Finally, the proposed Section 311 special measures incorporate the exemptions from, and licenses issued pursuant to, Executive Order 13310. Thus, U.S. financial institutions may maintain otherwise prohibited correspondent account relationships so long as the maintenance of such accounts is not prohibited by E.O. 13310 and provided that the only transactions conducted on behalf of Burmese financial institutions are those that are otherwise permissible under the existing sanctions regime. The policy of allowing certain transactions under the Executive Order should not be undermined by Section 311 special measures. However, Burma has been designated under Section 311 of the Act due to inadequate anti-money laundering controls, and the fact that the overarching purpose for a transaction is permissible under the Executive Order does not itself reduce the risk of money laundering. Therefore, while the exemptions and licenses are incorporated into the proposed Section 311 special measures, U.S. financial institutions processing such transactions must still conduct enhanced scrutiny to guard against the flow of illicit proceeds.
II. Designation of Burma as a Jurisdiction of Primary Money Laundering Concern
Based upon a review and analysis of relevant information, consultations with relevant agencies and departments, and a consideration of the factors outlined above, the Secretary has determined that Burma is a jurisdiction of primary money laundering concern. See the notice published elsewhere in this separate part.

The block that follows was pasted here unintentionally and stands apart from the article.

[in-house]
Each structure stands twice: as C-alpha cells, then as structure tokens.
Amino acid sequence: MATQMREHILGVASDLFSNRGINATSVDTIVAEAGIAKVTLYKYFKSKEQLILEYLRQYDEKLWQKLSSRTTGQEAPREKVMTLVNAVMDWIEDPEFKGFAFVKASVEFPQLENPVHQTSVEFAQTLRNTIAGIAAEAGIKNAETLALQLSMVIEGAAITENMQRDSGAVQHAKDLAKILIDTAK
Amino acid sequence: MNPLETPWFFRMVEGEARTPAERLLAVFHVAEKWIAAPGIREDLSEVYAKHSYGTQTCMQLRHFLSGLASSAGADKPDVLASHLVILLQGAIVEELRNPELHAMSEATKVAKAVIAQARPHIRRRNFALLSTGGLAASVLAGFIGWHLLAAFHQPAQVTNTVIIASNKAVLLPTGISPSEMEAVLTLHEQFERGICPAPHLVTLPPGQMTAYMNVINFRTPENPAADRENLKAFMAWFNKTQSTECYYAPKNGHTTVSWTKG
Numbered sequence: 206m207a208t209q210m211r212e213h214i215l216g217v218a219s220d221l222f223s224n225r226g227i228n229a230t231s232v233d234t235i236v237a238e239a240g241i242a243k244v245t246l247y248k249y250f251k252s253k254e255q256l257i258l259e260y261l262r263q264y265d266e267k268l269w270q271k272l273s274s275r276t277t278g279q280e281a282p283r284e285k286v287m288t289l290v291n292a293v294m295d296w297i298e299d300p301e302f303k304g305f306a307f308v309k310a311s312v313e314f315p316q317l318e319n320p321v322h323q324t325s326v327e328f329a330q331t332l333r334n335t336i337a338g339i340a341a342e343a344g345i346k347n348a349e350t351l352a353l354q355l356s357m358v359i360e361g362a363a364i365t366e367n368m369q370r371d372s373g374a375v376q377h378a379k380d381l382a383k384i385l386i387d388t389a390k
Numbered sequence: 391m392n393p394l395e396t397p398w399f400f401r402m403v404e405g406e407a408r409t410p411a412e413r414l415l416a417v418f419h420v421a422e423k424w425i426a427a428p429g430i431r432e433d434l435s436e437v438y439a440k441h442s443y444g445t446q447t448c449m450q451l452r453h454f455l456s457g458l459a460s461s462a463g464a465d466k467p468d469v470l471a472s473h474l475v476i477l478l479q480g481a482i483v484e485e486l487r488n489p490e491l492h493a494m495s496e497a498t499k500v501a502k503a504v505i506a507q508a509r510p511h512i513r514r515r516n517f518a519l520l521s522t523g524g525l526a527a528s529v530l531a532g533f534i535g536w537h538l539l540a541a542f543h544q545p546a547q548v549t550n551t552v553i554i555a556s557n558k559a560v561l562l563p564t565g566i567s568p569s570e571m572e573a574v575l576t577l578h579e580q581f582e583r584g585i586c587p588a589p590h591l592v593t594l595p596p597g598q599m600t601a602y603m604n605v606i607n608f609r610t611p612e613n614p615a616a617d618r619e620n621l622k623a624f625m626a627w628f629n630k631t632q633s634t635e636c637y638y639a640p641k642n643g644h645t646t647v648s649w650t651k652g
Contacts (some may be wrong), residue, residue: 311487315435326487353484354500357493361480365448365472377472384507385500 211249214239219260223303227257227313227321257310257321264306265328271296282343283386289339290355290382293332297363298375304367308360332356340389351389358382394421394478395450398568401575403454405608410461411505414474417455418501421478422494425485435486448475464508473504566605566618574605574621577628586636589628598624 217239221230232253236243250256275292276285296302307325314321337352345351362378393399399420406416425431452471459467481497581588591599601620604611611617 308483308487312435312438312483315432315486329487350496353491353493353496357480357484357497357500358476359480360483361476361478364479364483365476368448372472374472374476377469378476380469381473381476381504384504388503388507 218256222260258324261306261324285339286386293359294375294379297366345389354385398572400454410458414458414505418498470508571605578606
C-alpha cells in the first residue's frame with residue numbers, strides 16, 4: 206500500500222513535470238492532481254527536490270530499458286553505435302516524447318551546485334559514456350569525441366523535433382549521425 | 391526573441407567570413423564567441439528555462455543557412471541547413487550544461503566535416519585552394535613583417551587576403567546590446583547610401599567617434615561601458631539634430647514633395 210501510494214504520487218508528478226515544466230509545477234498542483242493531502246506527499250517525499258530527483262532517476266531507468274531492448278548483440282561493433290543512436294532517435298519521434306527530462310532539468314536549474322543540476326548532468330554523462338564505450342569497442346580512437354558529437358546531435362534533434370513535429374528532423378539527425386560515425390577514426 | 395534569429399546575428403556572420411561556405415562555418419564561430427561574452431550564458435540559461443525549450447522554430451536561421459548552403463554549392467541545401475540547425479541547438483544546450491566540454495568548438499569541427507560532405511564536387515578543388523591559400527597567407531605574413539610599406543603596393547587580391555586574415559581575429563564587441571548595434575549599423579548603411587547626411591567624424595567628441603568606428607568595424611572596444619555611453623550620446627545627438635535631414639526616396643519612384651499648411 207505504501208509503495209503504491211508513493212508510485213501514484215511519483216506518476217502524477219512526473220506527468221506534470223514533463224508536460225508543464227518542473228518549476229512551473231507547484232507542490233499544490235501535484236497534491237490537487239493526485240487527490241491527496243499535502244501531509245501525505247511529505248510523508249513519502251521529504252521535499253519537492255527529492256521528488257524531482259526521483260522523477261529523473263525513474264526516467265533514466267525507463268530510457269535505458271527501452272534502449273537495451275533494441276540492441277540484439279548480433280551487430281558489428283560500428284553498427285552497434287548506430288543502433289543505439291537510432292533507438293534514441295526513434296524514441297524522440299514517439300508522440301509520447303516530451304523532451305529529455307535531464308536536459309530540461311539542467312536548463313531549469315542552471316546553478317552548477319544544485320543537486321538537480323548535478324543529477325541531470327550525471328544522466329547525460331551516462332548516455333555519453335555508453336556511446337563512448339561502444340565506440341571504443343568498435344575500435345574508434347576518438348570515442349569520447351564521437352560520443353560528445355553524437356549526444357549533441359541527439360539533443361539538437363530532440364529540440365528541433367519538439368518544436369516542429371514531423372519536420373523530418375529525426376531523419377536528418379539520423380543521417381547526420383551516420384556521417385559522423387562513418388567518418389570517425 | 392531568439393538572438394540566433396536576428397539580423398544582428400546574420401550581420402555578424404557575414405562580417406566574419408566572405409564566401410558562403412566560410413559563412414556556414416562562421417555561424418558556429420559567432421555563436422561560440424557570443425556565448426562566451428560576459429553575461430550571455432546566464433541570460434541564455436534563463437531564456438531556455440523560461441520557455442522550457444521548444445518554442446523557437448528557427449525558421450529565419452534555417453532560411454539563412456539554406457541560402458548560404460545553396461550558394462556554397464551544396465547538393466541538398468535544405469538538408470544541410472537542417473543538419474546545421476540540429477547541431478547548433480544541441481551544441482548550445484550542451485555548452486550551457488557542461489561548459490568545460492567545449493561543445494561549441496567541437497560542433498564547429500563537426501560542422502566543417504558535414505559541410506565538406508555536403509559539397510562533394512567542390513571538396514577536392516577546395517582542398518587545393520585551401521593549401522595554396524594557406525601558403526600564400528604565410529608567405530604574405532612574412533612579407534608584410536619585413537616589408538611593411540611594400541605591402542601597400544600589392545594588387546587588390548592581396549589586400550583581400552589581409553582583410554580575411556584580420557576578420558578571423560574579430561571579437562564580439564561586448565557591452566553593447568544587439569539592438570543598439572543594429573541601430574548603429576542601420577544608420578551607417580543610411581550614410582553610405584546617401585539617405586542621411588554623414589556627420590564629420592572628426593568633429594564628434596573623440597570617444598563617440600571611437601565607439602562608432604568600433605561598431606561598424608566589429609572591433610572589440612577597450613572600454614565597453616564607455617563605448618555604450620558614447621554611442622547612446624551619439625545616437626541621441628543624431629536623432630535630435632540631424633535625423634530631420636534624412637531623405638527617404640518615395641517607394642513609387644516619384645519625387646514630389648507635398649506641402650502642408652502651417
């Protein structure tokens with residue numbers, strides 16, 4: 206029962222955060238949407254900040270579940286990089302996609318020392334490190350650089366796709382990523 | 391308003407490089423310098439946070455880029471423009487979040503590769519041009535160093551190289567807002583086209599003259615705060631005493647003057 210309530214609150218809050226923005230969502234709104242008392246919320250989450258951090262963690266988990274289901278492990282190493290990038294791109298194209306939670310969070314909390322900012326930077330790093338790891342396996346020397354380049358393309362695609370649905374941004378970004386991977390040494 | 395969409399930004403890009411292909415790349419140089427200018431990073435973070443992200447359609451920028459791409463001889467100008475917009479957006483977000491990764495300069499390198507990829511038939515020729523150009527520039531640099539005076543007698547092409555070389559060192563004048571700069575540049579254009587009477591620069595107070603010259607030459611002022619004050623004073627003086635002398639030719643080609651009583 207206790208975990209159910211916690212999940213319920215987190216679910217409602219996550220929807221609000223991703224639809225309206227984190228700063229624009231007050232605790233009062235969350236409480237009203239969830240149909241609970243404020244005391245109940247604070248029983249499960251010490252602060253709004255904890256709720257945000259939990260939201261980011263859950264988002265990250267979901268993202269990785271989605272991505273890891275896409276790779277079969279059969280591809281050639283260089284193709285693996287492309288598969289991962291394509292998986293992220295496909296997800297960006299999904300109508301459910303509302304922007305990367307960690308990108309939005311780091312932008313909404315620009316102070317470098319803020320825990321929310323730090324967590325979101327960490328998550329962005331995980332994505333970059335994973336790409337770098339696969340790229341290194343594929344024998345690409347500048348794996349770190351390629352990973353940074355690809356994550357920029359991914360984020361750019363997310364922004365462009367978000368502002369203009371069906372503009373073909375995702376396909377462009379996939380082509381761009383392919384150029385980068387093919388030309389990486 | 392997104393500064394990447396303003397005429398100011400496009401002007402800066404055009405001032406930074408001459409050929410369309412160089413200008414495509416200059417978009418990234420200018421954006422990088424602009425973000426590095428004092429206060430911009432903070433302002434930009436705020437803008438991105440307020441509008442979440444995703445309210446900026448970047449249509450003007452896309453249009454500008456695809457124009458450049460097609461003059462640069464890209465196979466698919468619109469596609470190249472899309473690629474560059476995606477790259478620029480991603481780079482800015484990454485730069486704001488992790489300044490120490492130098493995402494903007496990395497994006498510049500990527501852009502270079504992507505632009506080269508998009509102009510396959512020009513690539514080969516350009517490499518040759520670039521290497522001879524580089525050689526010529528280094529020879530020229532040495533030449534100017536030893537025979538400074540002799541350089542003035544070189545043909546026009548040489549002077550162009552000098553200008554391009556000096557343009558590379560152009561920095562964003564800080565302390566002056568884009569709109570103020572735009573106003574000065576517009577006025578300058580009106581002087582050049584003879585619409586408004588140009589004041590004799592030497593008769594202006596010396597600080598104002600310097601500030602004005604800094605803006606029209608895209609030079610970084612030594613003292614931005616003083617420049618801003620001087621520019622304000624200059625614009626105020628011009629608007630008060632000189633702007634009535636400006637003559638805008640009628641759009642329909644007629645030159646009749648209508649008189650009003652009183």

The Secretary has found Burma to be a jurisdiction of primary money laundering concern due to a number of factors, including: (1) Inadequate anti-money laundering controls; and (2) lack of cooperation with U.S. law enforcement agencies in criminal matters.
As provided by Section 311, the Secretary also considered the following:
1. Evidence That Organized Criminal Groups, International Terrorists, or Both, Have Transacted Business in That Jurisdiction
As set forth in the accompanying Section 311 designation of the two Burmese banks, Myanmar Mayflower Bank and Asia Wealth Bank, the Secretary has information that specific financial institutions within Burma are essentially controlled by and used to facilitate money laundering for organized drug trafficking organizations such as the United Wa State Army  and members of the Kokang ethnic group. The Burmese government has failed to take any regulatory or enforcement action against these financial institutions, despite their well-known criminal links. Additionally, there is evidence of activity within Burma involving the counterfeiting of U.S. currency. This activity is believed to be linked to Burmese government officials, and the Burmese government has failed to cooperate with U.S. law enforcement on the matter.